Flinders Street Station and that big, chunky art centre thing that looks like a gigantic lump of rocky road candy left moldering beside the river are not "beautiful".

Sydney Harbour is beautiful. Macquarie Street is beautiful. Paddington Street is beautiful.

Collins Street is not. Neither was the Hummer police car.

It said "underbelly".

Richard:  The Myer Christmas display not beautiful, Eliot?  You're raining on childhood memories of amazement and wonderment. Where's your inner child, man?

One word to say to you


What about Yagoona, Eliot?

I spent a lot of my formative years in Sydney - during holidays, that is - and one thing that I have never forgotten is driving through Yagoona. But then, I understand that you grew up somewhere in Brisbane.

Toga virilis

Richard: " Where's your inner child, man?"

It hasn't stopped laughing since when, at one Christmas Midnight Mass, I saw Edward Clancy trip down the spiral stairs of the pulpit in St Mary's Cathdral.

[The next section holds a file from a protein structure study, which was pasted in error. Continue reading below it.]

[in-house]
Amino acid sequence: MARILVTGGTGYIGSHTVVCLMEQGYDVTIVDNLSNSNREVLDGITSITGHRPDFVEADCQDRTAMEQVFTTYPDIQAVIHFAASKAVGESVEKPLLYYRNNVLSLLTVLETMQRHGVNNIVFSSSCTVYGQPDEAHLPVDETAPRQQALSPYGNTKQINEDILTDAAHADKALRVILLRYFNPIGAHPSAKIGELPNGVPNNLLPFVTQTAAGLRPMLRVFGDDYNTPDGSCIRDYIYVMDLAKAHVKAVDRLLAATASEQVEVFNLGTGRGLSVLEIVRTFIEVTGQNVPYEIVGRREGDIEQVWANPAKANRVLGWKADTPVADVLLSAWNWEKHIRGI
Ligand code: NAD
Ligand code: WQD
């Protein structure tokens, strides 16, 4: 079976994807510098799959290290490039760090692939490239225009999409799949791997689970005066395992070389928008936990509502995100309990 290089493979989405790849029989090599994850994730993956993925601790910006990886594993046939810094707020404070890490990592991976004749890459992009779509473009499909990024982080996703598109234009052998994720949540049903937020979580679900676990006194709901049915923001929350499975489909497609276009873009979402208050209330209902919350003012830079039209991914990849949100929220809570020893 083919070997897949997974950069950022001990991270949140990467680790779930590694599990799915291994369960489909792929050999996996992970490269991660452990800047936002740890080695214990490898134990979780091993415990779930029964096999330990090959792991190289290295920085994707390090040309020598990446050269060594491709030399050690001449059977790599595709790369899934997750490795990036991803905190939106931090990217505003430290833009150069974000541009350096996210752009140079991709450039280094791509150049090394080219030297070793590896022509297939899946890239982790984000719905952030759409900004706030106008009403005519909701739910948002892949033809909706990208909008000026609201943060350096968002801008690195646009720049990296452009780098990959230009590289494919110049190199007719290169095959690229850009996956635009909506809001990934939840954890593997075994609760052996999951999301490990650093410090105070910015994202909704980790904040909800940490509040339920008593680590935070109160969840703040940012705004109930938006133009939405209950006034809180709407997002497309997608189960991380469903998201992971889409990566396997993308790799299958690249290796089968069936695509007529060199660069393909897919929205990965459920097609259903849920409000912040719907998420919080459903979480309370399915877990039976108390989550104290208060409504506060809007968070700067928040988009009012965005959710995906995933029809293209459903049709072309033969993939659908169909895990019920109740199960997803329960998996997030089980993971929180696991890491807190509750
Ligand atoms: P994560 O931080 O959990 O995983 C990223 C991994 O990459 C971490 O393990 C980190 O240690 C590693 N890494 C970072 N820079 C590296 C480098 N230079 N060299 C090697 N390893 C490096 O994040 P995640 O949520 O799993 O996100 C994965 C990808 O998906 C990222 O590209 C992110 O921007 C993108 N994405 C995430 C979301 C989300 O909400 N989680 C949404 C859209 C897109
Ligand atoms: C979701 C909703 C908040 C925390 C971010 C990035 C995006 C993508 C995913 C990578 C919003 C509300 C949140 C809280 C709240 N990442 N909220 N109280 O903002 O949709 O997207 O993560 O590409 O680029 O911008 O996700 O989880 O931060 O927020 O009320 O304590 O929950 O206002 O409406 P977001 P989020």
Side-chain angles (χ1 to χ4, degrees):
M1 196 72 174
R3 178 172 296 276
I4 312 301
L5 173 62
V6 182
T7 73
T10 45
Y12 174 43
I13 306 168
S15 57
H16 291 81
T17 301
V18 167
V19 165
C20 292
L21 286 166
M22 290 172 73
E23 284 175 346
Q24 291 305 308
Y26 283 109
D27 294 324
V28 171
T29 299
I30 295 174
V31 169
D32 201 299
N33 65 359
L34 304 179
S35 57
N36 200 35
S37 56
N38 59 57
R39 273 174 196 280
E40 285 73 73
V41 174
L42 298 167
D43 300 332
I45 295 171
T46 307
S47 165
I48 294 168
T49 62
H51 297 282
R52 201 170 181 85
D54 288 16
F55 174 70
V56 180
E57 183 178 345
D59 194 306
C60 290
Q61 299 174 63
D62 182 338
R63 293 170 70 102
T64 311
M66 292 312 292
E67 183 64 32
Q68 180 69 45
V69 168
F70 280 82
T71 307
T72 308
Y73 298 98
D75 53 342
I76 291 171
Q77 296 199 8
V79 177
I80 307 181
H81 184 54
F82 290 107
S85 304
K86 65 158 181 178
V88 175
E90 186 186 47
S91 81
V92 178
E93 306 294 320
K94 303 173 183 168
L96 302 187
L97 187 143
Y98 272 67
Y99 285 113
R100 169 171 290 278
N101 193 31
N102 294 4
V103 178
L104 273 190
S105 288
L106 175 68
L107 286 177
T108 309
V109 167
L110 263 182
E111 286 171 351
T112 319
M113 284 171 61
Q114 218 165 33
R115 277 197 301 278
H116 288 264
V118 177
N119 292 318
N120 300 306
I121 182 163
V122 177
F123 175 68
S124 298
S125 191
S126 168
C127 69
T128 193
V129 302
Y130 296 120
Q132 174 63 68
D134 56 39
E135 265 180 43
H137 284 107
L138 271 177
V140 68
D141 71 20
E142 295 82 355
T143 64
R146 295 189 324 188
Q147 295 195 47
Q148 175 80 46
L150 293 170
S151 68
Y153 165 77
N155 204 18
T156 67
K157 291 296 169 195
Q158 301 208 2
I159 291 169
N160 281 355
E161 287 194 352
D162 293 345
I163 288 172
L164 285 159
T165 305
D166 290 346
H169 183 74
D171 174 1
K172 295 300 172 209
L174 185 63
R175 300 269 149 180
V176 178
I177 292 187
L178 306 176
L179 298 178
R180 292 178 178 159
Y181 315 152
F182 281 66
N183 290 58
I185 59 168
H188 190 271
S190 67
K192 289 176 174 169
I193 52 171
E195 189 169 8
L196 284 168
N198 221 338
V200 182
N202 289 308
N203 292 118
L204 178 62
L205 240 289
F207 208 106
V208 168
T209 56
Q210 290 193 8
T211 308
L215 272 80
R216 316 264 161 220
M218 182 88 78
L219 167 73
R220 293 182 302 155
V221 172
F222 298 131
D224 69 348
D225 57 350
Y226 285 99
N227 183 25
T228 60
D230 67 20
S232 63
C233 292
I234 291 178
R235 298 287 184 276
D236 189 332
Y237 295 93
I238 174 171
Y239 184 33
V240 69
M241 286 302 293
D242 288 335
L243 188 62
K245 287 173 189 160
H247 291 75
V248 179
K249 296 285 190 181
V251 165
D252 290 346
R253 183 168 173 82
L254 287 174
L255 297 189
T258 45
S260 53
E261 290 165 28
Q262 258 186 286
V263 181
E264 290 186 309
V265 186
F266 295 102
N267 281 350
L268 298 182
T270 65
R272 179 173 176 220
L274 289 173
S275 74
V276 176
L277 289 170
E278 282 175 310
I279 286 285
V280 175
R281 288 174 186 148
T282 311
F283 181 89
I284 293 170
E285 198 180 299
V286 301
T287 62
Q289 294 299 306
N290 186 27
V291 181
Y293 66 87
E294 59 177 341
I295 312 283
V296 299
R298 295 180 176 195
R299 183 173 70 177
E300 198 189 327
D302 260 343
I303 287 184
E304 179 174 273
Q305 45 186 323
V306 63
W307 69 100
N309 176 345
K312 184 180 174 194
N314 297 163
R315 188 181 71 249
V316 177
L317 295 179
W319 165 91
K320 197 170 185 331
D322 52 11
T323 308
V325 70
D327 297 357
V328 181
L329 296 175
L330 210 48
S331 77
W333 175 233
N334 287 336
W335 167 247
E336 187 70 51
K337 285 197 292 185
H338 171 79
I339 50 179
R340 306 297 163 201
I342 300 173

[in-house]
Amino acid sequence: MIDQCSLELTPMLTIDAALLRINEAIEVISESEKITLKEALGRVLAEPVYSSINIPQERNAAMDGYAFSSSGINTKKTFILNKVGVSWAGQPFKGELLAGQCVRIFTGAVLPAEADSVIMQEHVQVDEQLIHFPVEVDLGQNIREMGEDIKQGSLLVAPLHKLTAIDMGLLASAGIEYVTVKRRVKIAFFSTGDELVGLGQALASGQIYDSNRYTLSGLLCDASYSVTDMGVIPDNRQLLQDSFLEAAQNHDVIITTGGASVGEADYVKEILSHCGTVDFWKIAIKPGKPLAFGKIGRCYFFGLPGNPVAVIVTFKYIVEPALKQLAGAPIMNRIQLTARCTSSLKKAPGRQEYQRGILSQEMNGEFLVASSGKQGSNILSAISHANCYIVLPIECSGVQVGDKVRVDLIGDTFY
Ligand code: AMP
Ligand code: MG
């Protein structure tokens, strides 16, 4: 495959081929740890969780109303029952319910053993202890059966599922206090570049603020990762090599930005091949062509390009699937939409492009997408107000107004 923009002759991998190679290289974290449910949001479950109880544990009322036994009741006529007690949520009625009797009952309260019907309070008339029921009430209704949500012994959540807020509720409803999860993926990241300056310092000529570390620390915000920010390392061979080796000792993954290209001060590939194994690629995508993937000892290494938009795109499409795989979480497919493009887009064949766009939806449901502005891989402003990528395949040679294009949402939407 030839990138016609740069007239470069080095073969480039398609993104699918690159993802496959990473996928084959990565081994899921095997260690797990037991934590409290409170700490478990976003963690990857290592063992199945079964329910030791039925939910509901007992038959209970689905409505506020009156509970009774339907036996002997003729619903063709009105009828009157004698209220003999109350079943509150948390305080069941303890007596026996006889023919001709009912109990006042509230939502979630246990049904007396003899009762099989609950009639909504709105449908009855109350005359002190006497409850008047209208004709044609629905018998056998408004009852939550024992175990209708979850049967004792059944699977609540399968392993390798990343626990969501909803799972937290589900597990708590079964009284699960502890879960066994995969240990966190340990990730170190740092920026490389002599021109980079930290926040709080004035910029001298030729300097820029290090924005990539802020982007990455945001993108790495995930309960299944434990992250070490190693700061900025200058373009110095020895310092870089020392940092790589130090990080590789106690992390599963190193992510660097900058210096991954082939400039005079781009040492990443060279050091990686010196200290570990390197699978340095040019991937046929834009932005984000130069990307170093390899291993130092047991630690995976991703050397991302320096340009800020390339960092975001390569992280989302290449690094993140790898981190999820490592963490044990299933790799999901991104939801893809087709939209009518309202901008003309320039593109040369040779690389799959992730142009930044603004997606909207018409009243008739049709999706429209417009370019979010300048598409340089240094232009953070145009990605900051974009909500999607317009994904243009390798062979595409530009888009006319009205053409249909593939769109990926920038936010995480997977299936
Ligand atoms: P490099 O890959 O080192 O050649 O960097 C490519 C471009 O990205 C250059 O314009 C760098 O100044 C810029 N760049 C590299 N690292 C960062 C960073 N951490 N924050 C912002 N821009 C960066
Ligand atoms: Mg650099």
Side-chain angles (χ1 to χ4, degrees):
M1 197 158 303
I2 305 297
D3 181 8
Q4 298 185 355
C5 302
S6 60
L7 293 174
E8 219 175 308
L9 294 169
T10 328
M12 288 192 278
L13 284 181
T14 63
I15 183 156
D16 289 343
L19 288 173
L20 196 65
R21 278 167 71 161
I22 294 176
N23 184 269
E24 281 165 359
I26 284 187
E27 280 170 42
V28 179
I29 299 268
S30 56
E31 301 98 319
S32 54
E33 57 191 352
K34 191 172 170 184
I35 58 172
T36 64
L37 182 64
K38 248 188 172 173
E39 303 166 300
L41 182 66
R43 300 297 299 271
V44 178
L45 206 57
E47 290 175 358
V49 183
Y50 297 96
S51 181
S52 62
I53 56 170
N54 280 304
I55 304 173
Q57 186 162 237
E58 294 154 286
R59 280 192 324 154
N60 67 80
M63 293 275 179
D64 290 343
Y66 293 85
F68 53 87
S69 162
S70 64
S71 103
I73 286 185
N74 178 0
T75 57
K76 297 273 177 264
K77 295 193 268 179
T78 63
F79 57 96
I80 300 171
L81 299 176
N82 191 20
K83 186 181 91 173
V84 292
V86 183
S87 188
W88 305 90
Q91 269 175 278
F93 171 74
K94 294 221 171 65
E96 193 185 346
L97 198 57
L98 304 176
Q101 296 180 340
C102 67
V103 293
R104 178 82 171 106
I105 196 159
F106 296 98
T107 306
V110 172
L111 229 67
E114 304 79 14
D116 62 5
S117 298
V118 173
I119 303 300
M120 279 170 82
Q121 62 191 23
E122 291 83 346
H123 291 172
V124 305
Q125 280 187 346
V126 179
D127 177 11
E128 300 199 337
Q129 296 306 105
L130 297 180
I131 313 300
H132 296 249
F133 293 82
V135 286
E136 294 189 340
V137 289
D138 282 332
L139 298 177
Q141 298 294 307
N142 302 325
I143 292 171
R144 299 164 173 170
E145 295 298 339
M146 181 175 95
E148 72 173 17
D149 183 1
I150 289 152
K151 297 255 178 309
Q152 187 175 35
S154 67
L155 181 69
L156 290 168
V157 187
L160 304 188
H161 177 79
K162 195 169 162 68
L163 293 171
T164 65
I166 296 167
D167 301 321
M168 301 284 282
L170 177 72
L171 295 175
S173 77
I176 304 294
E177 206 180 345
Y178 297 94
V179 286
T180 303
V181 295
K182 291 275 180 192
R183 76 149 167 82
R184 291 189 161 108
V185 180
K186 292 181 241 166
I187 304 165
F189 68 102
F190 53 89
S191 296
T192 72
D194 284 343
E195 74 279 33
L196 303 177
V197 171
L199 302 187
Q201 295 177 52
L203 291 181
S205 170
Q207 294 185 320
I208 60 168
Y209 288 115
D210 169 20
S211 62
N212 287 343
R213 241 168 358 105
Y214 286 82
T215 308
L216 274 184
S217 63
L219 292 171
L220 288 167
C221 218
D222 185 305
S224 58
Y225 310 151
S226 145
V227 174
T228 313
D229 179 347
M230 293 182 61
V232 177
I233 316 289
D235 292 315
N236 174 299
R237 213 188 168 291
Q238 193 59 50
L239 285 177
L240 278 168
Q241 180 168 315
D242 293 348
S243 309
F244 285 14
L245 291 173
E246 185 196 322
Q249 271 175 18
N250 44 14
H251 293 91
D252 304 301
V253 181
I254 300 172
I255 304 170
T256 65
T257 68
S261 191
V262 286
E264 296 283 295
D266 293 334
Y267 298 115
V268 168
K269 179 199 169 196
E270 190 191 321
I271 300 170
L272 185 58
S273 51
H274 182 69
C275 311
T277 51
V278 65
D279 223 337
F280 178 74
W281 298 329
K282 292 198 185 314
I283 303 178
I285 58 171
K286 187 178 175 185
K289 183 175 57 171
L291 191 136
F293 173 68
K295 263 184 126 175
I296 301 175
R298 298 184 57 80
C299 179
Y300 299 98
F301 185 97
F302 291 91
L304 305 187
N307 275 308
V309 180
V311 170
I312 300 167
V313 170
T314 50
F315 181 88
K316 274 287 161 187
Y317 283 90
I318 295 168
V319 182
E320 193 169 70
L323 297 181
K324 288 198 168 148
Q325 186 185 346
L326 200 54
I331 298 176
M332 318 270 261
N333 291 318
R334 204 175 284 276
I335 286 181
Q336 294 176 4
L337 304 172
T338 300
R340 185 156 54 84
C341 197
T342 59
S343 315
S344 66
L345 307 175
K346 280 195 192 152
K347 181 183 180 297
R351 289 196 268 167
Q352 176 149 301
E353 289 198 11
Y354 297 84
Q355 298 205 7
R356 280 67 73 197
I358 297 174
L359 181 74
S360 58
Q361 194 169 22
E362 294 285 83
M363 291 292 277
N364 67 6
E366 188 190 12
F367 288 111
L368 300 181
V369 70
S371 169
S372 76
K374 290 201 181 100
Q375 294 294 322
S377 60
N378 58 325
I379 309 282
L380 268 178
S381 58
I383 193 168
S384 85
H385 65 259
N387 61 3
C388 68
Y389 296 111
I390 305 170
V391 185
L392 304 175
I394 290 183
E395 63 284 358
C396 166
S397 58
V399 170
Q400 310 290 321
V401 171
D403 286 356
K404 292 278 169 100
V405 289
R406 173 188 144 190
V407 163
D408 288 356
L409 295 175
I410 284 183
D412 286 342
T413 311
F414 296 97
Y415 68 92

Now that was beautiful.

Such beauty

If only my parents had been tykes - I knew I was missing out - damn, Catholics have all the fun.

Small surprises

A city's beauty comes in little surprises very often.

This morning, for the very first time, I walked up and over the new, replacement footbridge connecting the Wentworth Building to the main campus at the University of Sydney across City Road.

I have simply not walked toward Fisher Library from that side of City Road via the new bridge before. The bridge, very modern looking, was only recently constructed.